- Ken Daube, Fantasy Football
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Want the secret to winning the ESPN Gridiron Playoff Challenge? It's simple: Take some risks by mixing the sure-fire studs with some second-tier guys who have a solid chance of "going off." You know the sure-fire studs, but how can you identify the others? Here's one method: Use a combination of weekly averages and standard deviations. This is essential because you don't only want to start good players, but you also want to start those with the largest upsides.
Think of it like this: Who would your more prefer to start in this format, Matt Hasselbeck or Brett Favre? If you were to look only at average scores, Hasselbeck edged Favre 16.1 to 15.5. Hasselbeck, however, was significantly more consistent in his scoring; his weekly scores produce a standard deviation of 5.5 to Favre's 9.3. In head-to-head fantasy competition, Hasselbeck is the safer play. In this format you need to pick the best lineup each week, so Favre's explosive scoring is necessary if you want to be competing for the grand prize.
Considering the number of potential combinations available, it's virtually impossible for anyone to highlight all the different choices, so below is the raw data along with some comments on each skill position to help you make an informed decision.
Note: All weekly averages and standard deviations are compiled based on scores from Week 1 through Week 16. Week 17 was purposefully excluded due to the large number of players who did not finish their games due because of playoff implications.
Comments on Quarterbacks:
After doing this number crunching, I immediately edited my opening week lineup to replace David Garrard with Ben Roethlisberger.
Going forward, I'll be more than happy to pencil Tom Brady and Tony Romo in every week.
As much as I think Hasselbeck is an underrated fantasy quarterback, I can't find a way to recommend him in this format.
Comments on Running Backs:
If LaDainian Tomlinson isn't in your lineup until the Chargers are eliminated, you need to question why you are even playing.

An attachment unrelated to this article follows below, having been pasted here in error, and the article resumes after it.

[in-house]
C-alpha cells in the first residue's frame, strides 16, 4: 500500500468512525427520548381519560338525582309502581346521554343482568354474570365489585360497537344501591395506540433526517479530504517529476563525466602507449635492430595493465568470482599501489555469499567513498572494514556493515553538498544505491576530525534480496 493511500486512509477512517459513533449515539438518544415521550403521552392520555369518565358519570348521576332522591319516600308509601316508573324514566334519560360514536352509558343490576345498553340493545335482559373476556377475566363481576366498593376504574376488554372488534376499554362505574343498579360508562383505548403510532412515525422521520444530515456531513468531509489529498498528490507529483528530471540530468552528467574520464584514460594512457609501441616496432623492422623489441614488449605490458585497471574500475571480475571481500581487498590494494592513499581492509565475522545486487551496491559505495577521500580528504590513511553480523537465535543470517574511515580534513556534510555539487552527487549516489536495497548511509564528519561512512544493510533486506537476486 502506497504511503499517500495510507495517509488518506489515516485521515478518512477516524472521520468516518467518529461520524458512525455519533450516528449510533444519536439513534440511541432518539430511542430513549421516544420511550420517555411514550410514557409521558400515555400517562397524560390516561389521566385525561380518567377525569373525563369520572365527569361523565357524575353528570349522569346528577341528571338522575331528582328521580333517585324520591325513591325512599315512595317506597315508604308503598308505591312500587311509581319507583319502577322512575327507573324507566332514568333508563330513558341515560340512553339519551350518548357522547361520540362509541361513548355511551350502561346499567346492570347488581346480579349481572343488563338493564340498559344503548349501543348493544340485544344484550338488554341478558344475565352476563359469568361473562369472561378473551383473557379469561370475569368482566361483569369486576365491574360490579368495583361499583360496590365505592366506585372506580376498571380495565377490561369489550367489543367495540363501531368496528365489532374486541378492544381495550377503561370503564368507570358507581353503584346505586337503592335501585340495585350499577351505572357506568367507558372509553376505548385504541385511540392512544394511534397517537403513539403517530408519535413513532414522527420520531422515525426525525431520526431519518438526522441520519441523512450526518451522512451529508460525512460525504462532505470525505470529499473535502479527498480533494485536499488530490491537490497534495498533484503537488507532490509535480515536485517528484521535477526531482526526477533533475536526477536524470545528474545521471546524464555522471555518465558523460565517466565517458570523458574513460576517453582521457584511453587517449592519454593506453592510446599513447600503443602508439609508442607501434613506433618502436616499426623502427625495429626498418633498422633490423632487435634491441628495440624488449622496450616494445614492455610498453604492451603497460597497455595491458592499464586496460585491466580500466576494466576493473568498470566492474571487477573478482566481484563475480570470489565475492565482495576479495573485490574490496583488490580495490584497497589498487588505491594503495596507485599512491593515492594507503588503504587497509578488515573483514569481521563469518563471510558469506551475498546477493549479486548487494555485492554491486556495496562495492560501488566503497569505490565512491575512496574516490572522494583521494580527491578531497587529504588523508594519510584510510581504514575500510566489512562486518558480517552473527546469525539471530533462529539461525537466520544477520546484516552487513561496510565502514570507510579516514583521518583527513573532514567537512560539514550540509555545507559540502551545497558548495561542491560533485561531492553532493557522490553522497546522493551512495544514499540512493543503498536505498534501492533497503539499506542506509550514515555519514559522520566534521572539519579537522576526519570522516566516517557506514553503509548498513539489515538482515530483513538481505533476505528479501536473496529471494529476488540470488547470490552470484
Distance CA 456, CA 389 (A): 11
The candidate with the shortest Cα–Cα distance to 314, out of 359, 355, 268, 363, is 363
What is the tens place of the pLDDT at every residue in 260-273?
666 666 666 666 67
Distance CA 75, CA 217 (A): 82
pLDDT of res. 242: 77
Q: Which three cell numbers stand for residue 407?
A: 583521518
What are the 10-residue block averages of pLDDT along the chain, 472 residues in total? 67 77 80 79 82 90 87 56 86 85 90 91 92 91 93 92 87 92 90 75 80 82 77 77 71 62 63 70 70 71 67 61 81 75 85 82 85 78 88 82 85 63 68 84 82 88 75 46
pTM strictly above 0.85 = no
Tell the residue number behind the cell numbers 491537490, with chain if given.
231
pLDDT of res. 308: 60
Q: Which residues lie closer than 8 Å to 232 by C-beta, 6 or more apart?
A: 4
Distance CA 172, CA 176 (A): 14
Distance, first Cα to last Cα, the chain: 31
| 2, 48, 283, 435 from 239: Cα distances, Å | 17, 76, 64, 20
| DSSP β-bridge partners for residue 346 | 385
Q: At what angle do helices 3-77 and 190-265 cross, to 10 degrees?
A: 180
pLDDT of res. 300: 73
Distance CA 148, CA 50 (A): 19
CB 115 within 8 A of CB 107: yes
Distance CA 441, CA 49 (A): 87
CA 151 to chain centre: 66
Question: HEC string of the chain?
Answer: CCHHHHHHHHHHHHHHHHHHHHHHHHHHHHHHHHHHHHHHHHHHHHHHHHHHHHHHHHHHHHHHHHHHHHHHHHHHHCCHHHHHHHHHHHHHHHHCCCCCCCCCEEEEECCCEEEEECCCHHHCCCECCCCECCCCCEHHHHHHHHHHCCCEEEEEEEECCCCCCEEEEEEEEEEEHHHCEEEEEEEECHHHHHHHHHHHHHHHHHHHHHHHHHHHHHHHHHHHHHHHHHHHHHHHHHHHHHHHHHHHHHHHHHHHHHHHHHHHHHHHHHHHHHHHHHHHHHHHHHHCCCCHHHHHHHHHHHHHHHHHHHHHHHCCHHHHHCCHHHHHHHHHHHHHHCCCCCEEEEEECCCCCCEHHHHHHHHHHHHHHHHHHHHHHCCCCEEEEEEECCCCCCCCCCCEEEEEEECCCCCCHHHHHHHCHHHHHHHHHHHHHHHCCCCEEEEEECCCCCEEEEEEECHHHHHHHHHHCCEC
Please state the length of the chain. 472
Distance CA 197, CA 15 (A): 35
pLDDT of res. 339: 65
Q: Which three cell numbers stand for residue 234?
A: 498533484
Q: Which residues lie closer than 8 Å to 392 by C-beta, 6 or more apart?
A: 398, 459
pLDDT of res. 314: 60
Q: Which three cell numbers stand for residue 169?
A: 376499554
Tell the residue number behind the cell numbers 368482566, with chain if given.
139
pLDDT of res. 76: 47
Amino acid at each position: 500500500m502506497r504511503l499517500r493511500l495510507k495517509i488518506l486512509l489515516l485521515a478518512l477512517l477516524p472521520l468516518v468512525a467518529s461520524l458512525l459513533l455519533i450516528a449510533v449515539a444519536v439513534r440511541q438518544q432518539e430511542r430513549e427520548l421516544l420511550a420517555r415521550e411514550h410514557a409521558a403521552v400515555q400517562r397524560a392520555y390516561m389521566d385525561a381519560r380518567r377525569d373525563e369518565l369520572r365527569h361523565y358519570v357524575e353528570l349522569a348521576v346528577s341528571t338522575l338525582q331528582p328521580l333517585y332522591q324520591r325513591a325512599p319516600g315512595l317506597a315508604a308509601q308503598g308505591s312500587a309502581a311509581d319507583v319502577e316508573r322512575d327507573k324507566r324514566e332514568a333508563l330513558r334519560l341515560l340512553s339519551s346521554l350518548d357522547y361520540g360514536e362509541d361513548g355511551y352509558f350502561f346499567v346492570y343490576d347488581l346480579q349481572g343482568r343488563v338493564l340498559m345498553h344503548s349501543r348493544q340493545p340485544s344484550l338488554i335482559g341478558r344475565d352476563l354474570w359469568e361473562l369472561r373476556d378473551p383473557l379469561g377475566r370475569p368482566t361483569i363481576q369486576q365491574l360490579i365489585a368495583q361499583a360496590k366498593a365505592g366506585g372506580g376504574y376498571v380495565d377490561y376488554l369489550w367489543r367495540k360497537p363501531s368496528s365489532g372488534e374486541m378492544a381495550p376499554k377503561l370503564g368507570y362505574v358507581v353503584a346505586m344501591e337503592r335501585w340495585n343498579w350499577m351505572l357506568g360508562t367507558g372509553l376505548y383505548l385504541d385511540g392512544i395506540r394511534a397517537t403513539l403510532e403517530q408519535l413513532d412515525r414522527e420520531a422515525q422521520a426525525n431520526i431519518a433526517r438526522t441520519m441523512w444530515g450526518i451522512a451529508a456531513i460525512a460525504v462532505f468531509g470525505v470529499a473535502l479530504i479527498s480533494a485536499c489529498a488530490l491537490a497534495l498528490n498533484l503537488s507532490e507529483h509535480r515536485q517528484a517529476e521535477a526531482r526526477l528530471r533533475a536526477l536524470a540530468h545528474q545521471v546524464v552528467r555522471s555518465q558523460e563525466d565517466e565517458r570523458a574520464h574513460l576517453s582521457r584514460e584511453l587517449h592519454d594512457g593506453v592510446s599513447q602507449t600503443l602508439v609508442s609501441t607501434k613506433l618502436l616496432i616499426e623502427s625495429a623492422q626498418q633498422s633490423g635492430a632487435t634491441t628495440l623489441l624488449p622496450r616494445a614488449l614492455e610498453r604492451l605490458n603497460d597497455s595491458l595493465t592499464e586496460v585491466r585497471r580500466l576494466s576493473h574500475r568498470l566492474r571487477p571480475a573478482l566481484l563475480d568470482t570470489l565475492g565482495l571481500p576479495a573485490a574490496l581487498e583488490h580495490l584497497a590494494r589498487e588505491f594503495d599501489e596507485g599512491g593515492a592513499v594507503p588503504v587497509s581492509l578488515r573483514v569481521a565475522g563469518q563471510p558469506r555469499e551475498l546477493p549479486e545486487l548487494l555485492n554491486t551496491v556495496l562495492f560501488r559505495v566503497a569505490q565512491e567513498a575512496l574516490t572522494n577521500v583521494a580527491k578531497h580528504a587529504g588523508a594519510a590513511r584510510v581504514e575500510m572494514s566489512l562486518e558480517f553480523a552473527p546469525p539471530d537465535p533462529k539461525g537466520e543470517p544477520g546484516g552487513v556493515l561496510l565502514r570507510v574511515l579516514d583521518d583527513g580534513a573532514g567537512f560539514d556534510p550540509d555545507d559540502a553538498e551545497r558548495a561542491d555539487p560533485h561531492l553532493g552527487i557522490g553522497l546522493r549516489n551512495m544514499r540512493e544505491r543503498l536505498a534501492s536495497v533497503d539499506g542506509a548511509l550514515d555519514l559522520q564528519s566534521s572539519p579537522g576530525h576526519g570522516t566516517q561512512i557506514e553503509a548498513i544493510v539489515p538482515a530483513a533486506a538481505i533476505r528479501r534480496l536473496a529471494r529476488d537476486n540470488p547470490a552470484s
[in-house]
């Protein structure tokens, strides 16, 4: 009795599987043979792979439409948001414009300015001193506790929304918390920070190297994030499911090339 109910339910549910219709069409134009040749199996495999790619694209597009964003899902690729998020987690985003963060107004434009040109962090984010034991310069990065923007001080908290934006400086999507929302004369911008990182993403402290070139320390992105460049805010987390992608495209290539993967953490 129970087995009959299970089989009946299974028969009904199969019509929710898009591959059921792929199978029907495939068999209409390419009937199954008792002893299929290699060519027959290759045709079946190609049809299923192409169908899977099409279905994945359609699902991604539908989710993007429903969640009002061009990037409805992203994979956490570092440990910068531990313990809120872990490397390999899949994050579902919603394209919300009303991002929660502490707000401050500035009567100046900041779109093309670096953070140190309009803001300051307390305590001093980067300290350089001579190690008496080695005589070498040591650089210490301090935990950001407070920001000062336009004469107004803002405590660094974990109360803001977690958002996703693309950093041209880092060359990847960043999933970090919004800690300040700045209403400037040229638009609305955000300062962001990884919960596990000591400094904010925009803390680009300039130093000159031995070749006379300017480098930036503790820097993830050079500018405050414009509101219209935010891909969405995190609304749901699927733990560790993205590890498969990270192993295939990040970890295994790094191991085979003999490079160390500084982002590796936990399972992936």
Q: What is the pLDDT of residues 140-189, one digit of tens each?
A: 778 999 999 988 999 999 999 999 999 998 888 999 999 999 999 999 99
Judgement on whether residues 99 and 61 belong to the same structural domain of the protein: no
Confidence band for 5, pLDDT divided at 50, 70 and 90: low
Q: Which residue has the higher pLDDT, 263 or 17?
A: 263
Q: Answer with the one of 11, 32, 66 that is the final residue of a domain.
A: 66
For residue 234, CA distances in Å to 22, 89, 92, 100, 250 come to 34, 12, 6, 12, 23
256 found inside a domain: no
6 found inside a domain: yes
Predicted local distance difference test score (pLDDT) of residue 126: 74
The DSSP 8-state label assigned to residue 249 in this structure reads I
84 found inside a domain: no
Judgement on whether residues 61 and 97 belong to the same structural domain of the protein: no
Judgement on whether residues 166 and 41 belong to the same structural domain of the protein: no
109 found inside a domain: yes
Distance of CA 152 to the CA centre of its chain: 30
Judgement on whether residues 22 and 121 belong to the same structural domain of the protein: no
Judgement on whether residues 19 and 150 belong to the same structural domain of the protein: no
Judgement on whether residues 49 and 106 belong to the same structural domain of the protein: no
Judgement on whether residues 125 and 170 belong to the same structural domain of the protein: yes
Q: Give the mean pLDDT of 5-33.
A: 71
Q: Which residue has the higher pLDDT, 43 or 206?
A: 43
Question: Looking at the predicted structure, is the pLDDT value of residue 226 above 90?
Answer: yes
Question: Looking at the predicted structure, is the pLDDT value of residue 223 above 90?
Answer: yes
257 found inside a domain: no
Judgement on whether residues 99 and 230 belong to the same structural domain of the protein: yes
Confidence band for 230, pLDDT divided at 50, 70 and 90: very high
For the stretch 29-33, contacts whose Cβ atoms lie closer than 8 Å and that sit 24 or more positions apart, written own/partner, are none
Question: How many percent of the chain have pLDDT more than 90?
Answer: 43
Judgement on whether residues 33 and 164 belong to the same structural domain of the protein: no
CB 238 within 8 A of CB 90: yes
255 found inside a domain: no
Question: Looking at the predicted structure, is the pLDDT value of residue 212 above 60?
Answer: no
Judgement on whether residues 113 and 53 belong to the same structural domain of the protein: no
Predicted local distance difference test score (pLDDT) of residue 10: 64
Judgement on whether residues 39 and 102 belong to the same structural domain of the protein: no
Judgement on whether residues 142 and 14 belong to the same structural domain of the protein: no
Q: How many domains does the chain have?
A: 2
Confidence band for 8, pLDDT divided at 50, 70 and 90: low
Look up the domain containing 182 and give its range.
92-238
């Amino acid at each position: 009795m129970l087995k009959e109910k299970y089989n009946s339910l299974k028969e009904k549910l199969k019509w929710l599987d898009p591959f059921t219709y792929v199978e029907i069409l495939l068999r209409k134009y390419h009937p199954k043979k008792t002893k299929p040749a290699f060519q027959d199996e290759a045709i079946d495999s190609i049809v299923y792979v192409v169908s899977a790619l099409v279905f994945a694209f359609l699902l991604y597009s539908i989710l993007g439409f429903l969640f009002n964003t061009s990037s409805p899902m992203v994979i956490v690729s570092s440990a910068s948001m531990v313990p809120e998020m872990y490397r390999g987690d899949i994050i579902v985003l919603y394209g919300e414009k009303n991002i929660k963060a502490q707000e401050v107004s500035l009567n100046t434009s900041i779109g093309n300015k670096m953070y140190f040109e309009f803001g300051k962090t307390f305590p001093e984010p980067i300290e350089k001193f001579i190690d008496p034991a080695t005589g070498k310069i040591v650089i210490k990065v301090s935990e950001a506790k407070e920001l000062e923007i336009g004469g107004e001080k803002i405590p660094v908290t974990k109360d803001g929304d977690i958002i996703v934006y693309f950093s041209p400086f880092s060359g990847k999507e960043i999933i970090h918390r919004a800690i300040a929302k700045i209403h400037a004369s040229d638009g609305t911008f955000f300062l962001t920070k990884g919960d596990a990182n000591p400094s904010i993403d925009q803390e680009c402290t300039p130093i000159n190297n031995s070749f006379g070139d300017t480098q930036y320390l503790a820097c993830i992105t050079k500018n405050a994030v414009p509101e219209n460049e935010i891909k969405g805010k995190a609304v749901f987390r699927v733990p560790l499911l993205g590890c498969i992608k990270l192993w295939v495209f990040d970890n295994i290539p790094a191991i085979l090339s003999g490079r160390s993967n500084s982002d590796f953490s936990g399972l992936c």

He didn't emerge until about Week 7, but don't be shy about using Earnest Graham. His weekly average is low because he was primarily a backup early on.
If you aren't using Graham as your second running back during the first week of this competition, Brandon Jacobs should be your choice. He has the talent and the offensive line to dominate.
If the position was team running back, Jacksonville Jaguars would be a nice play. Remember that for future weeks in the event one of them gets injured.
Comments on Wide Receivers:
I love D.J. Hackett in this competition. He puts up fantastic numbers when he plays and he looks likely to be the primary receiver Saturday.
Bobby Engram was the most over-looked productive fantasy wideout this season. He should stay that way for this competition. He's consistently average. Average equals no shot at winning anything cool.
Donald Driver was the well-known version of Engram this year. Avoid him now like you will in next year's draft.
Looking for a desperation play later in the competition? Try Jabar Gaffney. He's the ultimate boom or bust receiver in this competition.
You need to forget how Antonio Gates disappointed his owners this year, from a points per game versus scoring volatility stance; he's the best play for this competition in the first round.
When it comes to next weekend, the choices are plentiful, especially if San Diego wins their opening round matchup. This is the position you will need to nail if you want to differentiate yourself from the competition.
This competition needs to be about taking risks if you want to win. If you play it safe, you can't possibly win. Take some big risks and use these numbers to really gauge which players are those risks and maybe, just maybe, you'll find yourself atop the leaderboard.
Ken Daube is a fantasy football analyst for espn.com. His espn.com fan profile is available at: http://myespn.go.com/KenD17.
Ken Daube examines the consistency of the players who are in the playoffs.